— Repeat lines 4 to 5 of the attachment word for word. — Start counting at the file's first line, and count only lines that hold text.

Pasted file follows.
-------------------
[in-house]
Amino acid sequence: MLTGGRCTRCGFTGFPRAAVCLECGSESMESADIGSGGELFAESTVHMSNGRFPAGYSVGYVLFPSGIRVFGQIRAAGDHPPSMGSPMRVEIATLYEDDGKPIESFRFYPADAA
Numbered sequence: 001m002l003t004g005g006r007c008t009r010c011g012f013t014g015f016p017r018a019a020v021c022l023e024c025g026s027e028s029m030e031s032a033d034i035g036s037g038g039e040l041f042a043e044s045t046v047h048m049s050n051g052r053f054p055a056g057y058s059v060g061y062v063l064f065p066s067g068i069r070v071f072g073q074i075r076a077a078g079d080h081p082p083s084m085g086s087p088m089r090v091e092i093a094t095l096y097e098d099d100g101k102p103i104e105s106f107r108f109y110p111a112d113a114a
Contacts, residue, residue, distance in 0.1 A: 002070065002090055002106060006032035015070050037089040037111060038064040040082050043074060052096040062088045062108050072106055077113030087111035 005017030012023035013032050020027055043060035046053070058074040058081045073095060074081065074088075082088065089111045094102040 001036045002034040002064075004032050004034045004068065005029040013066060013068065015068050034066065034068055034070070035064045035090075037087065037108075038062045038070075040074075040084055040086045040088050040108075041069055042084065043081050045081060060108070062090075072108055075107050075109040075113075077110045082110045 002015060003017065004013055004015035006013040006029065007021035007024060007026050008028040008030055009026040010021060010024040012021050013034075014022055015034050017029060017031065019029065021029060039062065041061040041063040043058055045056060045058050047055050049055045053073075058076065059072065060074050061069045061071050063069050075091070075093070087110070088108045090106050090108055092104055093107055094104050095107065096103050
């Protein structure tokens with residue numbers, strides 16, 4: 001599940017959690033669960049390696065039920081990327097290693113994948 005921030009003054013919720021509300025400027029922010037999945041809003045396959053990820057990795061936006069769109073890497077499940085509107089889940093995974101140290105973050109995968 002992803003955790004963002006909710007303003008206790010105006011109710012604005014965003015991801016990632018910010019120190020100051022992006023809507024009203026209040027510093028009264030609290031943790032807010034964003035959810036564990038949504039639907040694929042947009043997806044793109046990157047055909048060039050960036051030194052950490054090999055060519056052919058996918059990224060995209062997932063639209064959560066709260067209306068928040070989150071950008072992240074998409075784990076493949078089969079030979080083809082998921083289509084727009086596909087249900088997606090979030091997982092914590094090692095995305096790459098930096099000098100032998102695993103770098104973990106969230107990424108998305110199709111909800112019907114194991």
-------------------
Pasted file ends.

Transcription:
Contacts, residue, residue, distance in 0.1 A: 002070065002090055002106060006032035015070050037089040037111060038064040040082050043074060052096040062088045062108050072106055077113030087111035 005017030012023035013032050020027055043060035046053070058074040058081045073095060074081065074088075082088065089111045094102040 001036045002034040002064075004032050004034045004068065005029040013066060013068065015068050034066065034068055034070070035064045035090075037087065037108075038062045038070075040074075040084055040086045040088050040108075041069055042084065043081050045081060060108070062090075072108055075107050075109040075113075077110045082110045 002015060003017065004013055004015035006013040006029065007021035007024060007026050008028040008030055009026040010021060010024040012021050013034075014022055015034050017029060017031065019029065021029060039062065041061040041063040043058055045056060045058050047055050049055045053073075058076065059072065060074050061069045061071050063069050075091070075093070087110070088108045090106050090108055092104055093107055094104050095107065096103050
């Protein structure tokens with residue numbers, strides 16, 4: 001599940017959690033669960049390696065039920081990327097290693113994948 005921030009003054013919720021509300025400027029922010037999945041809003045396959053990820057990795061936006069769109073890497077499940085509107089889940093995974101140290105973050109995968 002992803003955790004963002006909710007303003008206790010105006011109710012604005014965003015991801016990632018910010019120190020100051022992006023809507024009203026209040027510093028009264030609290031943790032807010034964003035959810036564990038949504039639907040694929042947009043997806044793109046990157047055909048060039050960036051030194052950490054090999055060519056052919058996918059990224060995209062997932063639209064959560066709260067209306068928040070989150071950008072992240074998409075784990076493949078089969079030979080083809082998921083289509084727009086596909087249900088997606090979030091997982092914590094090692095995305096790459098930096099000098100032998102695993103770098104973990106969230107990424108998305110199709111909800112019907114194991």